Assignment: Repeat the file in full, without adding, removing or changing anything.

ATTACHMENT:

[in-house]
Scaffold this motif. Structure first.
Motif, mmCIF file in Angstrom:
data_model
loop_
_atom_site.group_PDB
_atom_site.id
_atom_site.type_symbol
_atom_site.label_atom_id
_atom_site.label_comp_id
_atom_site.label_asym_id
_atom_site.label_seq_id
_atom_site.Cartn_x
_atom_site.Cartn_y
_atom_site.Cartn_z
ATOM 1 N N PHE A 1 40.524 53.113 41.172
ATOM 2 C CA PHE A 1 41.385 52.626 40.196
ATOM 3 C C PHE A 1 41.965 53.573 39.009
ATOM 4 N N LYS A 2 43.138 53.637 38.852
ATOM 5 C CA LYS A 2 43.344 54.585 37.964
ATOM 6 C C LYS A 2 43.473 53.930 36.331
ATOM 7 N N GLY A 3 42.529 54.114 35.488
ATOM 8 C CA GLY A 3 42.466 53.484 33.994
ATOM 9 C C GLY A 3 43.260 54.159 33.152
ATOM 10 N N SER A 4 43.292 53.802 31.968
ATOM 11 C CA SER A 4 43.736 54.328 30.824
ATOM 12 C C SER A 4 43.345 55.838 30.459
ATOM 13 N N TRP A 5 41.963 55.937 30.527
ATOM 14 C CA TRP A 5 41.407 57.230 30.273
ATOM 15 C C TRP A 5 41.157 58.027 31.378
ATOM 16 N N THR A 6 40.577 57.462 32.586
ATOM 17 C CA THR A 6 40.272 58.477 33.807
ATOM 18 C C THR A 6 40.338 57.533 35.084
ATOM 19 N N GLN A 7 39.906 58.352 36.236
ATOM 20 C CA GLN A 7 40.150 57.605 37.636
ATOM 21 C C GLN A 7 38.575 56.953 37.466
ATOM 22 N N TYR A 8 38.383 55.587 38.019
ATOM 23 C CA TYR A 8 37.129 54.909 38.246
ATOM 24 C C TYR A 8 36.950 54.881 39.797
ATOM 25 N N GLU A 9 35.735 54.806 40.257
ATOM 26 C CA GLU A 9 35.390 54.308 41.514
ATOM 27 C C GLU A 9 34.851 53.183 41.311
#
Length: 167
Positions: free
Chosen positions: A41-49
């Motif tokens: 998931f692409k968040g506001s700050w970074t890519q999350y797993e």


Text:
[in-house]
Scaffold this motif. Structure first.
Motif, mmCIF file in Angstrom:
data_model
loop_
_atom_site.group_PDB
_atom_site.id
_atom_site.type_symbol
_atom_site.label_atom_id
_atom_site.label_comp_id
_atom_site.label_asym_id
_atom_site.label_seq_id
_atom_site.Cartn_x
_atom_site.Cartn_y
_atom_site.Cartn_z
ATOM 1 N N PHE A 1 40.524 53.113 41.172
ATOM 2 C CA PHE A 1 41.385 52.626 40.196
ATOM 3 C C PHE A 1 41.965 53.573 39.009
ATOM 4 N N LYS A 2 43.138 53.637 38.852
ATOM 5 C CA LYS A 2 43.344 54.585 37.964
ATOM 6 C C LYS A 2 43.473 53.930 36.331
ATOM 7 N N GLY A 3 42.529 54.114 35.488
ATOM 8 C CA GLY A 3 42.466 53.484 33.994
ATOM 9 C C GLY A 3 43.260 54.159 33.152
ATOM 10 N N SER A 4 43.292 53.802 31.968
ATOM 11 C CA SER A 4 43.736 54.328 30.824
ATOM 12 C C SER A 4 43.345 55.838 30.459
ATOM 13 N N TRP A 5 41.963 55.937 30.527
ATOM 14 C CA TRP A 5 41.407 57.230 30.273
ATOM 15 C C TRP A 5 41.157 58.027 31.378
ATOM 16 N N THR A 6 40.577 57.462 32.586
ATOM 17 C CA THR A 6 40.272 58.477 33.807
ATOM 18 C C THR A 6 40.338 57.533 35.084
ATOM 19 N N GLN A 7 39.906 58.352 36.236
ATOM 20 C CA GLN A 7 40.150 57.605 37.636
ATOM 21 C C GLN A 7 38.575 56.953 37.466
ATOM 22 N N TYR A 8 38.383 55.587 38.019
ATOM 23 C CA TYR A 8 37.129 54.909 38.246
ATOM 24 C C TYR A 8 36.950 54.881 39.797
ATOM 25 N N GLU A 9 35.735 54.806 40.257
ATOM 26 C CA GLU A 9 35.390 54.308 41.514
ATOM 27 C C GLU A 9 34.851 53.183 41.311
#
Length: 167
Positions: free
Chosen positions: A41-49
């Motif tokens: 998931f692409k968040g506001s700050w970074t890519q999350y797993e």